Yaakov our Eritrean janitor, mop in hand, dances across the meat kitchen while Louis Armstrong’s trumpet beseeches the pharaoh. Stars twinkling in the inky arches whisper the song of spring. Another Jerusalem night.


If you have never attended a Yeshiva you cannot know the sublime bliss of a nap between yeshiva lunch and dinner, skipping girsa seder. Then you wake up, eat, pray. The Jerusalem sun is setting but the stones retain their warmth. The street beckons; it leads anywhere.

You walk to the shuq on quiet feet, the sky a brilliant violet. A couple of young men with long sidelocks pass you, lost in thought, noble bearing of adulthood already shining in their posture and peaceful gait. A cat leaps to her family in a dumpster. You pass a falafel place, little more than a hole in the wall. Grease and cigarette smoke roll out and it is not unpleasant; the proprietor sits before pictures of holy rabbis and heckles his annoying customers.

From an overgrown courtyard you often pass, the sound of a skilled violinist practicing fills the cooling air. You cross over Yaffo street, full of men hurrying home from work, a synagogue overflowing onto the sidewalk, two female soldiers gossiping over their uzis.

You enter the shuq, the pandemonium of the day’s end coming to a close. They’ll nearly pay you to take the leftover pastries; their minds are elsewhere; so many mouths to feed on both sides of the counter.

The stalls pull down their shutters; the bars and restaurants begin to stir. There was a ramming attack last week, but that’s stopping no one; the endless summer night, holy and mundane, has just begun. You stay as long as you can, buoyed by your recent rest, tasting the special air, beloved of holy men, crusaders, and everyone in between.
You turn and start your way back; the study hall is its own universe, too, and there is much there to learn.


The voices of boys and men ring out, trying to move stubborn produce. I fish the tea I like off the top shelf. A Chassid in regalia argues with the pierced cashier over whom the song on the tinny store radio is about. “Gilad Shalit,” says earrings. “It’s about the messiah, that he should come,” insists sidelocks. I step into the sweltering heat. “I don’t think he’s coming,” I hear from behind me, said with bashful strength, with ardent humility.

Tonight it feels like summer, in Jerusalem.


The sun sinks all around.
I eat bad twenty sheq. pizza in the dusk,
not wanting to pick up and bag my strewn possessions.
The time has run up, the light is gone. One more sleep in this holy land I don’t appreciate. One more night with friends I wish I loved more. One more night alone.
Then, in the morning – to take flight, drift to the next world, the next life, with only this cage of a body and my trapped perspective, where I might finally choose the path of non-existence and be free.
A few more dusky Jerusalem breaths,
A few more beads of Jerusalem summer sweat,
then to the horizon,
always alone and always together,
whatever might come.


Originally posted on Hevria.

How Jews Wage War

Today, a synagogue lies drenched in Jewish blood, and our nation mourns as one.

The soul cries out: What do we do? What can we do? What is the answer to those who hate us?

This afternoon, as I pull myself away from the news and the poetry and the terrible pictures, I find my mind wandering to the past…


I’d been in Israel for about half a year when the Jews of Jerusalem marched to war. It was the first day of Adar, 2009. We left Yeshiva under the cover of darkness and walked (the light rail was still an open ditch running down Yaffo street) toward the city entrance. Our small group joined with rivers of people, thousands of men and women. There was an electric excitement in the air, mixed with solemnity – a sorrowful volatility, a joyous melancholy. As we neared the battle, the music grew louder, shaking us awake.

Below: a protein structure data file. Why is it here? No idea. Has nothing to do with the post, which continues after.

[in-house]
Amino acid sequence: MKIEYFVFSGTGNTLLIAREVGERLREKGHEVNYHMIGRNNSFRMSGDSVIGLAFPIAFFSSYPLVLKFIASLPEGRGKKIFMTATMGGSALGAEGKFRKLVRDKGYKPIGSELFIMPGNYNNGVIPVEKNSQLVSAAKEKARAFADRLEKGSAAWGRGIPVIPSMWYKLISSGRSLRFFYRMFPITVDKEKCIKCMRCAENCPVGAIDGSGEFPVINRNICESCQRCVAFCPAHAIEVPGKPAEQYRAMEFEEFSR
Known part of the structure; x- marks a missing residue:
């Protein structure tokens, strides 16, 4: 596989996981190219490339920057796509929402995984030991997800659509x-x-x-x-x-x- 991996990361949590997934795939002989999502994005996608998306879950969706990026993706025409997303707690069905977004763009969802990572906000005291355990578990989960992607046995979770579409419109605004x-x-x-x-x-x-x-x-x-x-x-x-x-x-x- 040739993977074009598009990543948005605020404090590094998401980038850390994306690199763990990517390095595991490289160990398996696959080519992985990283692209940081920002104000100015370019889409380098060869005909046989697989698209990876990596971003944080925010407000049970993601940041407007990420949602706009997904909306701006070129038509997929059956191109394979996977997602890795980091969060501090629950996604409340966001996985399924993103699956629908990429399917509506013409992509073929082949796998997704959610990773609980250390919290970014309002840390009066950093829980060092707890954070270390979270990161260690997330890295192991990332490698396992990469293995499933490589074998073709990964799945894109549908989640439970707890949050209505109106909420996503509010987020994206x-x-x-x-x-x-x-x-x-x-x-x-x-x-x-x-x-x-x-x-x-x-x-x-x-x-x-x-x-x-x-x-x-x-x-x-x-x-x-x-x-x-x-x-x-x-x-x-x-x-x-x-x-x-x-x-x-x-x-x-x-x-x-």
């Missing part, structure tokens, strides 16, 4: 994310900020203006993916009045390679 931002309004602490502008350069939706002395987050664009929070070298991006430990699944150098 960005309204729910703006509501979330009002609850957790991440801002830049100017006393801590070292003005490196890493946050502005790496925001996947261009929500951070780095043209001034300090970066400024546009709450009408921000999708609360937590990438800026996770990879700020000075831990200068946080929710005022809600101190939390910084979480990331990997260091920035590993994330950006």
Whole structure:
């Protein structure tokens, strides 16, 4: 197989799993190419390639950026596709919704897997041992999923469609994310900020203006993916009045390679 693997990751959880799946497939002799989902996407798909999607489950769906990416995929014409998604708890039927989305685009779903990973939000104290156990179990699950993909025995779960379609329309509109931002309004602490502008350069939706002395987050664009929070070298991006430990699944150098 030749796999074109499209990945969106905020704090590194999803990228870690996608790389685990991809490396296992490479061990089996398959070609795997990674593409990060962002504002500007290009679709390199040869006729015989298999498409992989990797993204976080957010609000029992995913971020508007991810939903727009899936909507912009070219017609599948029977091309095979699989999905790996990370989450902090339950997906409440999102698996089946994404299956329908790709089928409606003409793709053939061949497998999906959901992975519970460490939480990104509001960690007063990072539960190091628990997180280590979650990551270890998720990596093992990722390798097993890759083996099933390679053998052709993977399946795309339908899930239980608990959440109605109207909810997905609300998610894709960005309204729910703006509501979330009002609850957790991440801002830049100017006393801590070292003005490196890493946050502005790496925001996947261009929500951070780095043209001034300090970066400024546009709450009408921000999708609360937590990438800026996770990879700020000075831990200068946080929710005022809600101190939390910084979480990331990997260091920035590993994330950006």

A year earlier to the day, an Arab terrorist slaughtered eight Yeshiva students at the Mercaz HaRav Yeshiva, most of them minors. A year earlier to the day, the Jews of Jerusalem were plunged into a nightmare. And now was the time for vengeance.

Throngs of people converged on the Mercaz HaRav Yeshiva. The music had reached pulverizing strength. We pushed forward through the thousands, close to the Yeshiva’s gate, where in the yellow streetlight stood a chuppah, a portable marriage canopy. Under it danced a new Sefer Torah, a scroll resplendent in a brilliant mantle and adorned with a silver crown. It danced with Jews from far and wide, Ultra- and non-Orthodox, Sephardim and Ashkenazim, storekeepers and Talmudic masters. It danced with a fiery fury, a phoenix, born of Jewish ashes.


Because a year after eight students were murdered at this Yeshiva, the Jews brought to it eight new Torahs, eight new beacons of light. This is Jewish retaliation; this is Jewish war. For thousands of years, no matter what darkness suffuses this fell world, we fight against it with light, with menorahs in winter windows and scrolls of wisdom clutched in wrinkled hands. For millennia, the world has trampled on the Jew. For millennia, the Jew stands up, dusts himself off, and lights a candle.


Our war band, dancing and singing and embracing each other, marched through the Yeshiva gates. The press of people was unbelievable, the pressure an unbearable cleansing. We pushed our way inside the building itself, into the humid Beit Midrash, its overflowing walls shaking from the sound of delirious joy. There, gripping one of the new scrolls like a lifeline, was a relative of one of the holy dead. Hot tears rolled down his cheeks as he swayed side to side and sang with the Jewish people.

Through that ink and parchment wrapped in velvet and crowned in silver, he hugged his brother, his son, his cousin. For the first time in my life, my brother, my son, my cousin. Through that holy weight, we united, and our songs flew into the night.

With light, joy, and love, we inflicted on this cruel world an everlasting victory.



Originally posted on Hevria.